In August, the V.I. government announced a long-term operating agreement with the F-CCA and its 13 member lines. The pact was the fruit of more than two years of labor by a Cruise Ship Task Force comprising local government, local business, F-CCA and member cruise line representatives. The agreement is, practically speaking, a tradeoff on the part of the cruise companies for the Virgin Islands agreeing not to increase per-passenger port taxes and fees to $10 from the current $7.50 in the next five years.
One thing it calls for is a 15 percent a year increase in passenger arrivals on St. Croix, contingent on the V.I. government creating and implementing a plan to market St. Croix within six months of signing the agreement. Cruise line senior sales and marketing officials were prepared last fall to make site visits coordinated by the Tourism Department and the St. Croix Chamber of Commerce as the first step in developing a list of onshore activities and events for passengers and getting infrastructure improvements made.
The agreement also calls for a 10 percent annual increase in summer traffic to St. Thomas and the targeting of three to four calls per week to St. Croix during the winter season. It specifies penalties to be assessed the F-CCA of $3.75 per passenger shortfall from the agreed-upon increase for St. Croix annually and for St. Thomas in the summer.
Additionally, the agreement provides that the "cruise line or lines" to be selected by the Port Authority "to undertake seaside and land-based projects would commit to the incremental passenger flow" to enable VIPA to finance its Crown Bay project. This was spelled out more than a year ago, before VIPA, Royal Caribbean and Carnival entered into agreement on what is a significantly different approach to developing Crown Bay.
In August, after the schedule of 2001-02 calls to V.I. ports was released, the F-CCA's Paige said the fact that calls to St. Croix not only didn't increase but in fact were cut by a third did not violate the spirit of the agreement. For one thing, she pointed out, the schedule was finalized well before the agreement was. But additionally, she said, "One of the key ingredients we had required was a very substantial marketing of St. Croix by the V.I. that has never taken place ... Our executives were ready to do it."
Royal Caribbean and Carnival officials have implied that the Crown Bay dock expansion and retail development project is a condition of their continuing to send their ships to St. Thomas. This veiled threat to take their business elsewhere should the project not move forward prompted John de Jongh Jr., St. Thomas-St. John Chamber of Commerce president, to comment on Nov. 21, "This tells me that they have no intention of honoring the long-term operating agreement."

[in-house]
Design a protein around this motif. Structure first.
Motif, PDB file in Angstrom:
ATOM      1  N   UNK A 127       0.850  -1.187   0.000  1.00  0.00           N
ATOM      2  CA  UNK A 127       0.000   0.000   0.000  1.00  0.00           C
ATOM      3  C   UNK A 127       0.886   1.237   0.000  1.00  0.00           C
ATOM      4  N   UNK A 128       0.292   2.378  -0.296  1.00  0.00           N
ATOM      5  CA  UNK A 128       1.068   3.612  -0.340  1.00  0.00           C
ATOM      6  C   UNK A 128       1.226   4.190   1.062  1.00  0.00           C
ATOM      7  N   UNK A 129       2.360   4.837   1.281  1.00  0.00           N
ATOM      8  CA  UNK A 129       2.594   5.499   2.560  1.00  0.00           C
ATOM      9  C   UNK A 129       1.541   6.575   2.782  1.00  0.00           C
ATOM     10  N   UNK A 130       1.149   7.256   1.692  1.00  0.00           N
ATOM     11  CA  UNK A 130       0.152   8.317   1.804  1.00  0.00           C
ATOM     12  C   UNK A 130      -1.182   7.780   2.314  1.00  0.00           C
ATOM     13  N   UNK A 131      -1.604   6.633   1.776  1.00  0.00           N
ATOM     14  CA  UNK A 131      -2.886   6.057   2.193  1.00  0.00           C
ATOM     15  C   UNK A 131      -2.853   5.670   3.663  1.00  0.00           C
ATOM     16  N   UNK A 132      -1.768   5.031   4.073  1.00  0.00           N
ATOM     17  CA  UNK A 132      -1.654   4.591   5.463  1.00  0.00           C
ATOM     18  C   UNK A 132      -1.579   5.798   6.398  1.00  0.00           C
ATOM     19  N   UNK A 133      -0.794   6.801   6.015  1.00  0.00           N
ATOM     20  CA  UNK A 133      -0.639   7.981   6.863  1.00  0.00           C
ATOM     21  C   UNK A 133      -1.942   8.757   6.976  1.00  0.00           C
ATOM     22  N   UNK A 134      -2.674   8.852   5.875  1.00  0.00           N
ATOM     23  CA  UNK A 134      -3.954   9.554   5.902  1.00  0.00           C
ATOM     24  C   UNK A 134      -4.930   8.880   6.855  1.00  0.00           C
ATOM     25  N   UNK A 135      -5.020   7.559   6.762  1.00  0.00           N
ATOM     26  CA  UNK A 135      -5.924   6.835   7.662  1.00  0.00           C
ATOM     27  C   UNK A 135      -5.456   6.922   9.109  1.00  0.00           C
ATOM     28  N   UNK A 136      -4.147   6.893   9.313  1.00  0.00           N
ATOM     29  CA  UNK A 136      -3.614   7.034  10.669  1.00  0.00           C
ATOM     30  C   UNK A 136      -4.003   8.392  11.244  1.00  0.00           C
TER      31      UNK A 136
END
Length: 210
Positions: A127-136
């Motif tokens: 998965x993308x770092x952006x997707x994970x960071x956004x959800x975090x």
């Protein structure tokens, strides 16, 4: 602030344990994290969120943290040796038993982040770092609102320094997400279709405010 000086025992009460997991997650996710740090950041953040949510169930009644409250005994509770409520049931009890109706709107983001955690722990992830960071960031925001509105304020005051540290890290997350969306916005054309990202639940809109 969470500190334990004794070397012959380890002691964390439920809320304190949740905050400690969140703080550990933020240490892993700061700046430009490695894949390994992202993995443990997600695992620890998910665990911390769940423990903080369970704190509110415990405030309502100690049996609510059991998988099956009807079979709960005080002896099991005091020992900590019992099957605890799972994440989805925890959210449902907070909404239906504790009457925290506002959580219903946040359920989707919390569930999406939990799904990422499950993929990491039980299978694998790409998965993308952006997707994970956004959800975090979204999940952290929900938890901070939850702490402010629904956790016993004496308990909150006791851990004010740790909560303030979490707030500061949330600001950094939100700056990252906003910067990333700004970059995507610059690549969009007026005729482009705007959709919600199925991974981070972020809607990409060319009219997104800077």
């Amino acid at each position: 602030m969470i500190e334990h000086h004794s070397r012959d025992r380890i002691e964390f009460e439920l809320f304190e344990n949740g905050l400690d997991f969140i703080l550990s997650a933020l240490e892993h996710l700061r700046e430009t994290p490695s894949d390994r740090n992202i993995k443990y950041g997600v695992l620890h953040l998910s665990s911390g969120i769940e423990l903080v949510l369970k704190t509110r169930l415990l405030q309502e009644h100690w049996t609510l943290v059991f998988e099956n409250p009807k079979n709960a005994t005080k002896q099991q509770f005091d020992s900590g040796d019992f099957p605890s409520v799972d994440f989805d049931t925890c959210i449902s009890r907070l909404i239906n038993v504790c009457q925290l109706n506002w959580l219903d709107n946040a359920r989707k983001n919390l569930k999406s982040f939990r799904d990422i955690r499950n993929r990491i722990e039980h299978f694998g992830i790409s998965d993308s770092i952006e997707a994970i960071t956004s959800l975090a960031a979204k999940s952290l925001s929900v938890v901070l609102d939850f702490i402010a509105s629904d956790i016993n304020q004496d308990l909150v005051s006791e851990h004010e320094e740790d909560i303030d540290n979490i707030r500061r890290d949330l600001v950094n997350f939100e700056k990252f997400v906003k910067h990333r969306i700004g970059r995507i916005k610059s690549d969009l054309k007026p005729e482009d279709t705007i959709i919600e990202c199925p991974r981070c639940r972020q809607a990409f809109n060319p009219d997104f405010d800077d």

De Jongh, who co-chaired the task force that drafted the agreement, also said he had yet to receive a copy of the executed version, although "we understand it has been signed by all parties," the last of whom, by protocol, is Gov. Charles W. Turnbull.
Paige said Turnbull attended the conference in Aruba and signed the agreement there on Oct. 3 -- something never announced in the Virgin Islands.
According to an August Government House release, the agreement was "finalized" in September 2000. It was approved by the 23rd Legislature in its closing hours in December 2000 as part of the 2001 Omnibus Act and sent to the governor. Some disagreements between WICO and VIPA emerged earlier this year but were then resolved. The agreement's final form, Paige said, is little changed from the version approved by the Legislature a year ago, except that references to cruise line commitments to contribute to V.I. scholarship and charitable programs were separated out into another document.
On Friday, members of the VIPA, WICO and St. Thomas-St. John Chamber of Commerce boards were to submit their respective position papers to the governor on the Crown Bay development proposal. How Turnbull will assess the information and arguments presented therein and what action he will take as a result remains to be seen.
Turnbull requested the position papers at a meeting with the boards' representatives Monday at Government House on St. Thomas. His attorney general, Iver Stridiron, a VIPA board member, noted afterward, "We are dealing with government property, and ultimately the governor would have to give his blessing."